EO: Yeah, unfortunately I’ve never been racing here, I’ve just been here to watch the race in the previous years when I was a reserve driver. I’ve been spending a lot of time in the simulator. It’s like I know the track already, because I have ben playing it on games since I was so young, I’ve been around as well. A lot of days in the simulator, a lot of research on the internet for me, watching just onboard laps from Jenson, from all the guys…
JB: The old guys.
EO: The old guys, yeah! No, it has been good and I think I can’t be more prepared to arrive.

Before I pass it to the floor, one quick question to Nico and Jenson on driving these wider 2017 cars around these streets. They are quite a bit wider, so from the point of view of judging the barriers and overtaking, maybe a thought on that Nico?
NH: Obviously by now we have done a couple of races and spent quite a bit of time in these cars so I think we all adjusted to that. But yeah, first time tomorrow maybe we’ll have to readjust a little bit but I don’t think that will be too difficult or take too long.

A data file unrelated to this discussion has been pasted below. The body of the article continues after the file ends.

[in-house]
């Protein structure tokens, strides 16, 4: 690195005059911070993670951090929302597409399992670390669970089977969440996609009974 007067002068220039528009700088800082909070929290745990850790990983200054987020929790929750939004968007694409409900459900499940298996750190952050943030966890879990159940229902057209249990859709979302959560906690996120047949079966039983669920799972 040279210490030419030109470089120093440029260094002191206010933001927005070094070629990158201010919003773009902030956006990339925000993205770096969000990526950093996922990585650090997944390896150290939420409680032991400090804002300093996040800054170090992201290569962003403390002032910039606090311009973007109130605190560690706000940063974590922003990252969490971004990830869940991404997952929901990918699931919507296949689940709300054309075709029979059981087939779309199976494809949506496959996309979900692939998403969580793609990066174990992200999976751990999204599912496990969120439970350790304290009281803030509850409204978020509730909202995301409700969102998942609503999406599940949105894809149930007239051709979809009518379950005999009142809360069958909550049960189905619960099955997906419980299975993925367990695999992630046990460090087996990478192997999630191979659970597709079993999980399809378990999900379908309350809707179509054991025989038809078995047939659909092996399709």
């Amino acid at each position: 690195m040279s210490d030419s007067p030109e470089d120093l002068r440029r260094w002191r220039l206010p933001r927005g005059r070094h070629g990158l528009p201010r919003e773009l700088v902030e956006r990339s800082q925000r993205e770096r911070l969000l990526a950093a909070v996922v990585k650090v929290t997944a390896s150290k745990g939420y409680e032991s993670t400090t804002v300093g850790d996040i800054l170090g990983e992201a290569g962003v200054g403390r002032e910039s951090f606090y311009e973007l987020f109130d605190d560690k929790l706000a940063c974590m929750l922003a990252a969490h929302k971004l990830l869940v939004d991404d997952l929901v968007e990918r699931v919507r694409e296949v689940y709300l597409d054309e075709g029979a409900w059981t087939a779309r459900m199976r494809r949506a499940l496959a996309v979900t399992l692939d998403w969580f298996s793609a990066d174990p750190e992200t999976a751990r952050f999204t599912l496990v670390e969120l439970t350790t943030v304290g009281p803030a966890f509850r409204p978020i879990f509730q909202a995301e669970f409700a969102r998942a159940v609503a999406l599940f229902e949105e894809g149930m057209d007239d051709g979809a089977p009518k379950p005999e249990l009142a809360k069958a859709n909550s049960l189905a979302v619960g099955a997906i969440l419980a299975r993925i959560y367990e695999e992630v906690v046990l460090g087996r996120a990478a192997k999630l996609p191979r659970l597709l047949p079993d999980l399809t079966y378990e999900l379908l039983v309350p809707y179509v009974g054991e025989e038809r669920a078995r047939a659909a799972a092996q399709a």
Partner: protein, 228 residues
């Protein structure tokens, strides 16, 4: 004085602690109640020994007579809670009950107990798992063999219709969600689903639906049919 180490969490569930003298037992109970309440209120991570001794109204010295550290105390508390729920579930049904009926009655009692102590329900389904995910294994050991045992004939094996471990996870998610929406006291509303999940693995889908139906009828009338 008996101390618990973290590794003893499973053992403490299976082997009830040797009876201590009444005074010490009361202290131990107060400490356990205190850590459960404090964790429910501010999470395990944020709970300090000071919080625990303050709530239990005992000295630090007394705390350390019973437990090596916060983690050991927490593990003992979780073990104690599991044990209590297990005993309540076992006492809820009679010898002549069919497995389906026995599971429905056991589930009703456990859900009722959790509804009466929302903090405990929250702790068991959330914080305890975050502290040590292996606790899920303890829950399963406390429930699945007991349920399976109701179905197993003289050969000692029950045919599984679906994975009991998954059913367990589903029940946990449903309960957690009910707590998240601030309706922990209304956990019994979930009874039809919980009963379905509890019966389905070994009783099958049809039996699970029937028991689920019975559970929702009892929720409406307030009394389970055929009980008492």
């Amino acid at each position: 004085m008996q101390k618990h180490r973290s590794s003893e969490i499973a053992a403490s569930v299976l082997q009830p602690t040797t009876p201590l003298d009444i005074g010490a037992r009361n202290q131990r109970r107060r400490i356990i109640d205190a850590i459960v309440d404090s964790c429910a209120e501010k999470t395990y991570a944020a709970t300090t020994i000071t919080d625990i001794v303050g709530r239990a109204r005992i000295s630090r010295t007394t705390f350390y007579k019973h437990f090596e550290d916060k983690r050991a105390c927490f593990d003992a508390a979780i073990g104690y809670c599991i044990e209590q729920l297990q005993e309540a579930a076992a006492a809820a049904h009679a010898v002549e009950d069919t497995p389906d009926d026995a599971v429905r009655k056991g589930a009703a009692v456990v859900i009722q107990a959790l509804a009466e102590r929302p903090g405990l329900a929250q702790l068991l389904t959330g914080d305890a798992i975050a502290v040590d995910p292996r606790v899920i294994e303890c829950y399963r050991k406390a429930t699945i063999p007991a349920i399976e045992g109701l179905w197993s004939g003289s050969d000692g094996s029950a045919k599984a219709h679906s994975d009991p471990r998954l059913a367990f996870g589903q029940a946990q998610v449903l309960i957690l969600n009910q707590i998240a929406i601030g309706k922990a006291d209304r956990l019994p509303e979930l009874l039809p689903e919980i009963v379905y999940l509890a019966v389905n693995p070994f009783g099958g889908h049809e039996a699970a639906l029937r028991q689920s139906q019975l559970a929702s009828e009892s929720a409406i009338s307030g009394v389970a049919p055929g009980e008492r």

JB: I haven’t driven the car, so I don’t know! To be fair, it’s probably not a bad thing stepping in it here. It’s going to be a shock to the system anyway driving the car so… I think it’s going to be a little bit unusual for everyone having the car wider, but you’re still sat in the middle, so you should be able to judge things pretty easily.

Jenson, when the idea was broached to you was it an instant yes, or did you have to think about it, even for a few seconds?
JB: I asked my dogs and they said “we can do without you for a week or so”. My girlfriend said “you gotta do what you do” and I said yes, and it was my decision. I could have said no if I wanted to, as we all can – no one wants a racing drive who doesn’t want to drive. Really excited but obviously the preparation could have been better if I had the opportunity to test the car in a proper test, but that’s not the way Formula One works. You’ve got to be ready. I think fitness-wise that’s not an issue. I’m sure the neck is going to be a bit sore after Thursday, even around Monaco. But we’ve got Friday off, so a little bit of rest. Mikey Muscles is back for a one-off race, my physio as well, so he’s going to be rubbing me once again. So it’s an exciting challenge and that’s what it’s all about isn’t it and that’s what we’re here for and I’m really looking forward to it.